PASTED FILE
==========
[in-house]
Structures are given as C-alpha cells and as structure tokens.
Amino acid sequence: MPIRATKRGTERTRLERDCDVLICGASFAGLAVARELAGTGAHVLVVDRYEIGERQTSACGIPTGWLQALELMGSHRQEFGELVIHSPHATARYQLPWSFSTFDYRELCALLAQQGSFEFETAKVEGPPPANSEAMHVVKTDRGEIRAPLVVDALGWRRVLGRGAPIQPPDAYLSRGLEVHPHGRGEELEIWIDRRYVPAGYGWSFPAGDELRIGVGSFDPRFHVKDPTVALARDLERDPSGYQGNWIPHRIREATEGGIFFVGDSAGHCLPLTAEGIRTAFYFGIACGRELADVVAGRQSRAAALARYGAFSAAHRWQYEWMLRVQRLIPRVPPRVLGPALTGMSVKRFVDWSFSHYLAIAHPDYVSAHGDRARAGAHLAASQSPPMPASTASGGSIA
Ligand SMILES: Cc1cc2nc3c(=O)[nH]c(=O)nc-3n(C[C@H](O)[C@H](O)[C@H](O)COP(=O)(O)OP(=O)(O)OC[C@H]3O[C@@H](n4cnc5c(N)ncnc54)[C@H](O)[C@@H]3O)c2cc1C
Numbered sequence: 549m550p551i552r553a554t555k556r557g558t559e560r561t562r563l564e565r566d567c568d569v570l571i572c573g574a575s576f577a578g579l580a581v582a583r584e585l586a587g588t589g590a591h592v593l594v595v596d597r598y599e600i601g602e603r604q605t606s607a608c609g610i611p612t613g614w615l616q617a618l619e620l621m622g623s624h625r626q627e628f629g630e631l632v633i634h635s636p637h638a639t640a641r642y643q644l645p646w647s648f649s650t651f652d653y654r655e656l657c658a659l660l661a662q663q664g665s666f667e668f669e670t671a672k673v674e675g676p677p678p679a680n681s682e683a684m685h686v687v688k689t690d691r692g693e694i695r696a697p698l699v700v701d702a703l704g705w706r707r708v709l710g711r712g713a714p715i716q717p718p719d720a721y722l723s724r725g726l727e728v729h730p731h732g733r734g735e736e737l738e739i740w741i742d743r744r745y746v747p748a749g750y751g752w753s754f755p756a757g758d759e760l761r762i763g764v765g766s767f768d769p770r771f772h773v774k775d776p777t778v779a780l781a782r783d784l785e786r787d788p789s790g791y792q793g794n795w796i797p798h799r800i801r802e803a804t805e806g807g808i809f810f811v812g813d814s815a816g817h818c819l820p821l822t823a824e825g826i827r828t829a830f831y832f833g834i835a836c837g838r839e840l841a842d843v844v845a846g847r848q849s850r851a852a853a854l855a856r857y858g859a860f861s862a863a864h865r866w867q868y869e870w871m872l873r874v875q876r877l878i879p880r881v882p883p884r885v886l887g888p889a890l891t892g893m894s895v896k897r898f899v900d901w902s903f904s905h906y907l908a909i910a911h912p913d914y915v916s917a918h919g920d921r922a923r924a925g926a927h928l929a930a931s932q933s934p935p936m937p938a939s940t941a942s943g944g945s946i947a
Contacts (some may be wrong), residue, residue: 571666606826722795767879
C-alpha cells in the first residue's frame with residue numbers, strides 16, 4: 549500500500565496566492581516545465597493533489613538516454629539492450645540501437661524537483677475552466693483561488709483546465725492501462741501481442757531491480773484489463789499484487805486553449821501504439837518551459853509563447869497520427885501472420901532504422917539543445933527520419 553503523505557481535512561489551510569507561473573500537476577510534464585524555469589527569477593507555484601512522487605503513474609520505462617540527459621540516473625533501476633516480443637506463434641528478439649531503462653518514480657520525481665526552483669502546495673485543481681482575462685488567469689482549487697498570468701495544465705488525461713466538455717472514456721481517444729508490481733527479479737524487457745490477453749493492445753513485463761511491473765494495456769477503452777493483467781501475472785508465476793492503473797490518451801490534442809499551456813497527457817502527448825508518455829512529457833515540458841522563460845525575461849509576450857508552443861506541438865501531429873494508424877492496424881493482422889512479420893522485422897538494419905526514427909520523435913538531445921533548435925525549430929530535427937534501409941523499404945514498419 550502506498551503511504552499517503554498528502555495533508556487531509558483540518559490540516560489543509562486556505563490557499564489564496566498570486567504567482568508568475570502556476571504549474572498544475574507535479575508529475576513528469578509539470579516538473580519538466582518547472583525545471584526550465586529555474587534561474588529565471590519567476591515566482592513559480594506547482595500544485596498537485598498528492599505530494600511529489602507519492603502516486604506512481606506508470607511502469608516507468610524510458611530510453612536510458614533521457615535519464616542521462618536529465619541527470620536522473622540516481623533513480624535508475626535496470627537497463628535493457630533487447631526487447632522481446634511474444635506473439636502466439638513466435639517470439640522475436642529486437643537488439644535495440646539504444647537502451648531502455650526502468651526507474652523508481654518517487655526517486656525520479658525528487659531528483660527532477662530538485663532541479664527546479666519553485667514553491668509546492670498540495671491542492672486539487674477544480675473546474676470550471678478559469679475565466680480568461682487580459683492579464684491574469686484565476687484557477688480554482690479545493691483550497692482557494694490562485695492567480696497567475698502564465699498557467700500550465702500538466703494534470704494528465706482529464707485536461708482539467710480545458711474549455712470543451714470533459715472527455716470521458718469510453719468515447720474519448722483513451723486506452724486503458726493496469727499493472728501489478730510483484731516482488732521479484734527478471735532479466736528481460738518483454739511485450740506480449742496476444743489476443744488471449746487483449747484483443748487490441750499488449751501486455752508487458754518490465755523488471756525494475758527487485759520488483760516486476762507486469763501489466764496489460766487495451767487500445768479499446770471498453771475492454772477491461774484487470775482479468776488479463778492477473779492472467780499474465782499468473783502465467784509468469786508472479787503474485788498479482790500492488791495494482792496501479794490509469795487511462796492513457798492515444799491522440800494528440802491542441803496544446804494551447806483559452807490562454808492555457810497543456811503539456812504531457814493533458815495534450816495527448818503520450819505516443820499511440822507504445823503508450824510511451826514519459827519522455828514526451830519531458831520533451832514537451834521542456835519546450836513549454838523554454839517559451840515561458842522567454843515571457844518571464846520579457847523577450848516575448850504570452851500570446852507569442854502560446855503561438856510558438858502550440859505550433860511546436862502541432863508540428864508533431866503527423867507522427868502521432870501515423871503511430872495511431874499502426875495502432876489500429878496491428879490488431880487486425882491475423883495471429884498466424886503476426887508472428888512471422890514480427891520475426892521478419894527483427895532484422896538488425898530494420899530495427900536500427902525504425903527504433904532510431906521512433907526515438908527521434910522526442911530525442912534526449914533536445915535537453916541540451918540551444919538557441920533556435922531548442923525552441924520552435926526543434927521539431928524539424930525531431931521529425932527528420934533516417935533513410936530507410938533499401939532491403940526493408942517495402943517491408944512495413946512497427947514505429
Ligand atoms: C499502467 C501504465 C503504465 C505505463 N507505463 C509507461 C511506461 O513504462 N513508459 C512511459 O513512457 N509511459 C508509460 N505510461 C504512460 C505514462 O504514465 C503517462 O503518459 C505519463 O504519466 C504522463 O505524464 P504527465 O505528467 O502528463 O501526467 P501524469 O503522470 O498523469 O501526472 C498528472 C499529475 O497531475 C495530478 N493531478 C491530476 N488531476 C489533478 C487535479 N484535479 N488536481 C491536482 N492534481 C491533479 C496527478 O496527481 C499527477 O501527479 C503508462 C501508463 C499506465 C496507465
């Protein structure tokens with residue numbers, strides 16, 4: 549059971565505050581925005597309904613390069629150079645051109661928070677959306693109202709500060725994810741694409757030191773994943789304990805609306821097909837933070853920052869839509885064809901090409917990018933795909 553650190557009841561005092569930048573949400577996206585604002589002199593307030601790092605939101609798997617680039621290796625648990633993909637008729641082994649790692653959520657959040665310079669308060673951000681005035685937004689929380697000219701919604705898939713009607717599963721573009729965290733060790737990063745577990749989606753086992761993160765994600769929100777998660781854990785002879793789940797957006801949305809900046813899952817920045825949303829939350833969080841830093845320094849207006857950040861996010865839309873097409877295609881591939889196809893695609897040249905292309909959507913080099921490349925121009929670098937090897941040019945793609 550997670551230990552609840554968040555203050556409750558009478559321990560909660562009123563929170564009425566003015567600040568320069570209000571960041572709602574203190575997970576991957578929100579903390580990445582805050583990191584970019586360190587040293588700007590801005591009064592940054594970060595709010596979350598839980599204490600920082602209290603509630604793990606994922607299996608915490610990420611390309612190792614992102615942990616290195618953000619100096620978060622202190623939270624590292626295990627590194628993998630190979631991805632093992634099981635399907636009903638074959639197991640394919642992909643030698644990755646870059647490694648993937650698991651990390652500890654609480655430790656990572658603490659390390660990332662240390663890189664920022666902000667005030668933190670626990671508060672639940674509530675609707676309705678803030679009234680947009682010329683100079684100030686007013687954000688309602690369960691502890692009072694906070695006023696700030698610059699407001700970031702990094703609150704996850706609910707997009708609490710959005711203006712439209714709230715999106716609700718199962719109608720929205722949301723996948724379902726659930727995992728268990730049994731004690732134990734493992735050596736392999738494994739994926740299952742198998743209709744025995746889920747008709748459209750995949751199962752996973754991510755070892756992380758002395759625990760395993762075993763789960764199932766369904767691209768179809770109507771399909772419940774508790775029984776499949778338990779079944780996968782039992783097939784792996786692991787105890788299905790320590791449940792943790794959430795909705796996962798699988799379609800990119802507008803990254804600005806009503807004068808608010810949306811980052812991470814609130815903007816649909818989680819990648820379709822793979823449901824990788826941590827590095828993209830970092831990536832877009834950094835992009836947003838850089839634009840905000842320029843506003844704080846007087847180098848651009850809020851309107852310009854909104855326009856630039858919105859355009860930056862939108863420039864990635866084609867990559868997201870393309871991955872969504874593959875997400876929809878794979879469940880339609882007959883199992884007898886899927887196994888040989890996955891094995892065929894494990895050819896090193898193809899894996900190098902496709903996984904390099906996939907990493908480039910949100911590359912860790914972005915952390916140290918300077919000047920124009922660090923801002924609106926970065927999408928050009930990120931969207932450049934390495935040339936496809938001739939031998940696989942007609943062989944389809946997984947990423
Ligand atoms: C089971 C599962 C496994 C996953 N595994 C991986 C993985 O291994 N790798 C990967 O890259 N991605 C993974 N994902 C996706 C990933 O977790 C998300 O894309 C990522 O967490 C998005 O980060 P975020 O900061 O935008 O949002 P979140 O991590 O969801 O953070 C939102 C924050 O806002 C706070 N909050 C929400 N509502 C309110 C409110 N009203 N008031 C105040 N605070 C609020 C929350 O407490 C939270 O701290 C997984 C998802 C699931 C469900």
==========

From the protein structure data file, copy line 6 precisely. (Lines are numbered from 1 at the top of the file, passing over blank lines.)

Contacts (some may be wrong), residue, residue: 571666606826722795767879